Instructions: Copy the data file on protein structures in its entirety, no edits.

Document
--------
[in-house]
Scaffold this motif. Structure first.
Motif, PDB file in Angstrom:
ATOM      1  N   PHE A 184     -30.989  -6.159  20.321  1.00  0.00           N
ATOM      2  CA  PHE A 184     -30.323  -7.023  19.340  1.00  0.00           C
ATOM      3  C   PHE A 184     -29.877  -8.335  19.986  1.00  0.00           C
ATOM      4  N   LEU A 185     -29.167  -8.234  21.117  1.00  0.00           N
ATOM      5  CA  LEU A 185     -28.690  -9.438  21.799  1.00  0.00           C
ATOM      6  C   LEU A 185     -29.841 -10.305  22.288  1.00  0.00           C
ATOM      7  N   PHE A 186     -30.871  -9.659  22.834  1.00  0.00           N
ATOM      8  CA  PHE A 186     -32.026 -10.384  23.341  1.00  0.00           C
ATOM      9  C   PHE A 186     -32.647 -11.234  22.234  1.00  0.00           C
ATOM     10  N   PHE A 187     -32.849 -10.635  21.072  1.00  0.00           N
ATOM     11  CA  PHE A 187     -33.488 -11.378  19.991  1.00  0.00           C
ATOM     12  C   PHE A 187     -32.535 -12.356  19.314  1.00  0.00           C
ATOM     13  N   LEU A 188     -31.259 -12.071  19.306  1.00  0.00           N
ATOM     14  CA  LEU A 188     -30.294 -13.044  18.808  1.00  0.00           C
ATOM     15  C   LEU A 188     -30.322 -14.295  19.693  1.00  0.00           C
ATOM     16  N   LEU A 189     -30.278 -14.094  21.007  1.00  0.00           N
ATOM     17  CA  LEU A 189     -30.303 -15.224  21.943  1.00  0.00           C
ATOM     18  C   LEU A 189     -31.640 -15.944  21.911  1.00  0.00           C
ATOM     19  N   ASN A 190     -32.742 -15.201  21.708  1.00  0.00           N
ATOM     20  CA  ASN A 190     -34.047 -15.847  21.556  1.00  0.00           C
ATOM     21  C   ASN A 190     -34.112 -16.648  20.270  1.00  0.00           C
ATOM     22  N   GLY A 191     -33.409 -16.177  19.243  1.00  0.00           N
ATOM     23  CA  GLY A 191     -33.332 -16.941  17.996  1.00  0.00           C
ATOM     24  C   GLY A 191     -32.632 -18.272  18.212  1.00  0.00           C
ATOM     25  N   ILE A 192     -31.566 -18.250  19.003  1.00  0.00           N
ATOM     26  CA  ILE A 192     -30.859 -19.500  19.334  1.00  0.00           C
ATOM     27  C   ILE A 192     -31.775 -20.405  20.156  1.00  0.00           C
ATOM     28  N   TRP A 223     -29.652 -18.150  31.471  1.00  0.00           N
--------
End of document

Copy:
[in-house]
Scaffold this motif. Structure first.
Motif, PDB file in Angstrom:
ATOM      1  N   PHE A 184     -30.989  -6.159  20.321  1.00  0.00           N
ATOM      2  CA  PHE A 184     -30.323  -7.023  19.340  1.00  0.00           C
ATOM      3  C   PHE A 184     -29.877  -8.335  19.986  1.00  0.00           C
ATOM      4  N   LEU A 185     -29.167  -8.234  21.117  1.00  0.00           N
ATOM      5  CA  LEU A 185     -28.690  -9.438  21.799  1.00  0.00           C
ATOM      6  C   LEU A 185     -29.841 -10.305  22.288  1.00  0.00           C
ATOM      7  N   PHE A 186     -30.871  -9.659  22.834  1.00  0.00           N
ATOM      8  CA  PHE A 186     -32.026 -10.384  23.341  1.00  0.00           C
ATOM      9  C   PHE A 186     -32.647 -11.234  22.234  1.00  0.00           C
ATOM     10  N   PHE A 187     -32.849 -10.635  21.072  1.00  0.00           N
ATOM     11  CA  PHE A 187     -33.488 -11.378  19.991  1.00  0.00           C
ATOM     12  C   PHE A 187     -32.535 -12.356  19.314  1.00  0.00           C
ATOM     13  N   LEU A 188     -31.259 -12.071  19.306  1.00  0.00           N
ATOM     14  CA  LEU A 188     -30.294 -13.044  18.808  1.00  0.00           C
ATOM     15  C   LEU A 188     -30.322 -14.295  19.693  1.00  0.00           C
ATOM     16  N   LEU A 189     -30.278 -14.094  21.007  1.00  0.00           N
ATOM     17  CA  LEU A 189     -30.303 -15.224  21.943  1.00  0.00           C
ATOM     18  C   LEU A 189     -31.640 -15.944  21.911  1.00  0.00           C
ATOM     19  N   ASN A 190     -32.742 -15.201  21.708  1.00  0.00           N
ATOM     20  CA  ASN A 190     -34.047 -15.847  21.556  1.00  0.00           C
ATOM     21  C   ASN A 190     -34.112 -16.648  20.270  1.00  0.00           C
ATOM     22  N   GLY A 191     -33.409 -16.177  19.243  1.00  0.00           N
ATOM     23  CA  GLY A 191     -33.332 -16.941  17.996  1.00  0.00           C
ATOM     24  C   GLY A 191     -32.632 -18.272  18.212  1.00  0.00           C
ATOM     25  N   ILE A 192     -31.566 -18.250  19.003  1.00  0.00           N
ATOM     26  CA  ILE A 192     -30.859 -19.500  19.334  1.00  0.00           C
ATOM     27  C   ILE A 192     -31.775 -20.405  20.156  1.00  0.00           C
ATOM     28  N   TRP A 223     -29.652 -18.150  31.471  1.00  0.00           N